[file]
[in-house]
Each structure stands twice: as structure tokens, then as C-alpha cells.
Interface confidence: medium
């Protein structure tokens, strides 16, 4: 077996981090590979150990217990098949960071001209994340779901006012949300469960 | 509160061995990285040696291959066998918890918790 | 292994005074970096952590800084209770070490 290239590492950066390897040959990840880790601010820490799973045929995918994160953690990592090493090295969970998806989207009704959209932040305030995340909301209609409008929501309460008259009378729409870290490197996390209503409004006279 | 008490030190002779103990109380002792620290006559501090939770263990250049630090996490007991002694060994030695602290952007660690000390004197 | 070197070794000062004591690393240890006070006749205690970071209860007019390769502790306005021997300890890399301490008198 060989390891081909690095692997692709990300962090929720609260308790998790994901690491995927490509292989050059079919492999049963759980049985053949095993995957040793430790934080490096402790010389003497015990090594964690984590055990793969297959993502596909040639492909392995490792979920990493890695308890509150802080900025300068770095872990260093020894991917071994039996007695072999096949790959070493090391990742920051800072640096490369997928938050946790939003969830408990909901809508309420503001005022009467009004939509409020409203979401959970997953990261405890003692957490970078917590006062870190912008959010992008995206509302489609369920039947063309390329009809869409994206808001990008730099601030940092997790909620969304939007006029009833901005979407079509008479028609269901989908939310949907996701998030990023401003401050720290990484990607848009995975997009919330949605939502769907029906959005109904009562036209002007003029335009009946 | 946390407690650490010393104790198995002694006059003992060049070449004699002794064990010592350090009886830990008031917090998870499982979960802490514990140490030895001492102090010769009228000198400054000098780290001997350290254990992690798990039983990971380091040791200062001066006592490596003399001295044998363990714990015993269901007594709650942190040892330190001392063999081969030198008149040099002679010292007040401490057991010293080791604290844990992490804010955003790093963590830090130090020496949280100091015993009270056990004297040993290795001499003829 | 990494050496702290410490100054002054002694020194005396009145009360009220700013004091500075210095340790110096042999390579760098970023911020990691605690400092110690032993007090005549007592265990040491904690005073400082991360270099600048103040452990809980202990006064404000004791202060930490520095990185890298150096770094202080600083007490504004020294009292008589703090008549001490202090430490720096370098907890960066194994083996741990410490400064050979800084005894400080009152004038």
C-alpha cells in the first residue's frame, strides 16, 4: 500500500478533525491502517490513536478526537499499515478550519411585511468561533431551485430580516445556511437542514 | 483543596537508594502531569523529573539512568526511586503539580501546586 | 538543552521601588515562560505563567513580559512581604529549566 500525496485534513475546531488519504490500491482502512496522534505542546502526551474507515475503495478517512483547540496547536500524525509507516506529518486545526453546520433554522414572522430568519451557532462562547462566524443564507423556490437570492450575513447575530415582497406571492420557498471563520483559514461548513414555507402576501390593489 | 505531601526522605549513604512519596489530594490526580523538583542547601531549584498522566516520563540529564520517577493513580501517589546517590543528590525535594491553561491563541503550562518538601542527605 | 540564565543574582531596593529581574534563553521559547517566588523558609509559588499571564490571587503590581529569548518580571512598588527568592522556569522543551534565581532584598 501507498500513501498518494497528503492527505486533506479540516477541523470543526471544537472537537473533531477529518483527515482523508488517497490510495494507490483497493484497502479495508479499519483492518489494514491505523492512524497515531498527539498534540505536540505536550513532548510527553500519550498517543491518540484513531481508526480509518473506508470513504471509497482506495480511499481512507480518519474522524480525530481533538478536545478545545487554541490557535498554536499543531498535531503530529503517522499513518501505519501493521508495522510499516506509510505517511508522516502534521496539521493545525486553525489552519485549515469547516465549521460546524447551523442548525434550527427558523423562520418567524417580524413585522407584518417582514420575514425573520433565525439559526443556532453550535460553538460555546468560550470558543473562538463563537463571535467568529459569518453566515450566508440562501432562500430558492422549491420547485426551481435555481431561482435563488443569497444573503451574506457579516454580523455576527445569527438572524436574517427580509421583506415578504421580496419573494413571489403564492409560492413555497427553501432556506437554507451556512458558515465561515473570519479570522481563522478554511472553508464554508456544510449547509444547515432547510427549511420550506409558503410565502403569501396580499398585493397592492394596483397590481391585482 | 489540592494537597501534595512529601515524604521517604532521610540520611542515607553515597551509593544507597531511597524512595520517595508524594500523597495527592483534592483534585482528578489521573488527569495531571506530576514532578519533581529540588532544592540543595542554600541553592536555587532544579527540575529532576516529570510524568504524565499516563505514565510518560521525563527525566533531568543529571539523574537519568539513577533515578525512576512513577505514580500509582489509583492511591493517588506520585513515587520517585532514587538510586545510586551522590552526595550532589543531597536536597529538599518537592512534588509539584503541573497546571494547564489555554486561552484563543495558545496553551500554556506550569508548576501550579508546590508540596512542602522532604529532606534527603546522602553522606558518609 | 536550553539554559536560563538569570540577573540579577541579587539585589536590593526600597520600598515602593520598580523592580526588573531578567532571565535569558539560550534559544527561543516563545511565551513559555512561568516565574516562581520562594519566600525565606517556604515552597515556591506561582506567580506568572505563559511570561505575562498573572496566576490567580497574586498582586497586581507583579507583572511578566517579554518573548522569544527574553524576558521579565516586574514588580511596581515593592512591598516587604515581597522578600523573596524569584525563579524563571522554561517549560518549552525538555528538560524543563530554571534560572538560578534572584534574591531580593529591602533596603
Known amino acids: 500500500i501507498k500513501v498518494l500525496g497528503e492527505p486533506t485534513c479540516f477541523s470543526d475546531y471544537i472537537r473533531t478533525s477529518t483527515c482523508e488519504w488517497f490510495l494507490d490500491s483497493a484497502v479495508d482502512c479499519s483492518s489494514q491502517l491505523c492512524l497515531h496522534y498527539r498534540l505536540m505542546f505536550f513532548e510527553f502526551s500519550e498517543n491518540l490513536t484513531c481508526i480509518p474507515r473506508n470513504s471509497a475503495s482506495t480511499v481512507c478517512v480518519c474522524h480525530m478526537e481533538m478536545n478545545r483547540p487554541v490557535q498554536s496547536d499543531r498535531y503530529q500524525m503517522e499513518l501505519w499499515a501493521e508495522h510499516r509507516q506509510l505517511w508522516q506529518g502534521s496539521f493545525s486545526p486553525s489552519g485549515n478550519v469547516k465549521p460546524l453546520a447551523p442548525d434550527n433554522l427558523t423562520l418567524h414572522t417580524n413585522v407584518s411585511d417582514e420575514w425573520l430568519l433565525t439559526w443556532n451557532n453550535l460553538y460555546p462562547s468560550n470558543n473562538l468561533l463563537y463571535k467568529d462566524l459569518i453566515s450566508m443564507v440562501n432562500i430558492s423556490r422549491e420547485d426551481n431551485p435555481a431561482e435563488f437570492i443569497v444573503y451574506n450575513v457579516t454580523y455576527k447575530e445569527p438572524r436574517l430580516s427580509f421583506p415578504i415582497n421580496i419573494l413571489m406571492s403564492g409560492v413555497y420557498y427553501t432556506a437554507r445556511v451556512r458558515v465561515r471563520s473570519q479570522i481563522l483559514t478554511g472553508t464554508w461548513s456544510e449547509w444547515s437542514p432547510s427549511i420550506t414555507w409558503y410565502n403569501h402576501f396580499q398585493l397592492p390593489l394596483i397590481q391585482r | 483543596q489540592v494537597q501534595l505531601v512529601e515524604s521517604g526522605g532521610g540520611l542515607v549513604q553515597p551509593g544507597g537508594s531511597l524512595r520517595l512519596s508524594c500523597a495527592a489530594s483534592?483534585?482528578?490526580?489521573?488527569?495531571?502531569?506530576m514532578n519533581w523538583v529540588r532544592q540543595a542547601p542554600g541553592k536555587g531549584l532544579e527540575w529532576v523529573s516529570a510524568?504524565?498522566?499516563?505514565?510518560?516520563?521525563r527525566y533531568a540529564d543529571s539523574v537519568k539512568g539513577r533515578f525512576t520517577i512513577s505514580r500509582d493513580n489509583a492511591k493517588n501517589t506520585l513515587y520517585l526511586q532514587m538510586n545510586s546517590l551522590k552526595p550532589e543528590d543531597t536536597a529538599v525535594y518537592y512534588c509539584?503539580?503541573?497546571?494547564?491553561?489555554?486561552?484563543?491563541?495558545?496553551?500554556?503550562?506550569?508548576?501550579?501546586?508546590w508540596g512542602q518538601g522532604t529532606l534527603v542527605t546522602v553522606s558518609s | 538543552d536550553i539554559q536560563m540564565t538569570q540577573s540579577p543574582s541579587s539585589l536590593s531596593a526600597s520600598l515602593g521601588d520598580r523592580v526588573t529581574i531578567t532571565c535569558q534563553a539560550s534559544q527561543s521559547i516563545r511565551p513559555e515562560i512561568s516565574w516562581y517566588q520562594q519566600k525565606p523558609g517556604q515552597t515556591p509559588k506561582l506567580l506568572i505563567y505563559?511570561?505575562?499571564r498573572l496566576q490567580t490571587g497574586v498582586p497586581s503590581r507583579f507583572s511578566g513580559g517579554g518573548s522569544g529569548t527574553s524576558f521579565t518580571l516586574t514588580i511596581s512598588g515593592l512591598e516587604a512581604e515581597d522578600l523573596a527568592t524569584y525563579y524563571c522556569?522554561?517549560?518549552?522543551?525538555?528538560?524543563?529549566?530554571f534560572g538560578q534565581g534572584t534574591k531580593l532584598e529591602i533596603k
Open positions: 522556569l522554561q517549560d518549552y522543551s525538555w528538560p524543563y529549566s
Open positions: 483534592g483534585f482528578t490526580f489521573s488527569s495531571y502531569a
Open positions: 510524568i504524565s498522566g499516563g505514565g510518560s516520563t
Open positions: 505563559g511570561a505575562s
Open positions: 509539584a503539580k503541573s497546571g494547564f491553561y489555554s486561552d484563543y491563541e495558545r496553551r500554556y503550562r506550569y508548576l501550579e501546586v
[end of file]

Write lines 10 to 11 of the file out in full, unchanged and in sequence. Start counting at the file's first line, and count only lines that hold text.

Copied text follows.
Open positions: 505563559g511570561a505575562s
Open positions: 509539584a503539580k503541573s497546571g494547564f491553561y489555554s486561552d484563543y491563541e495558545r496553551r500554556y503550562r506550569y508548576l501550579e501546586v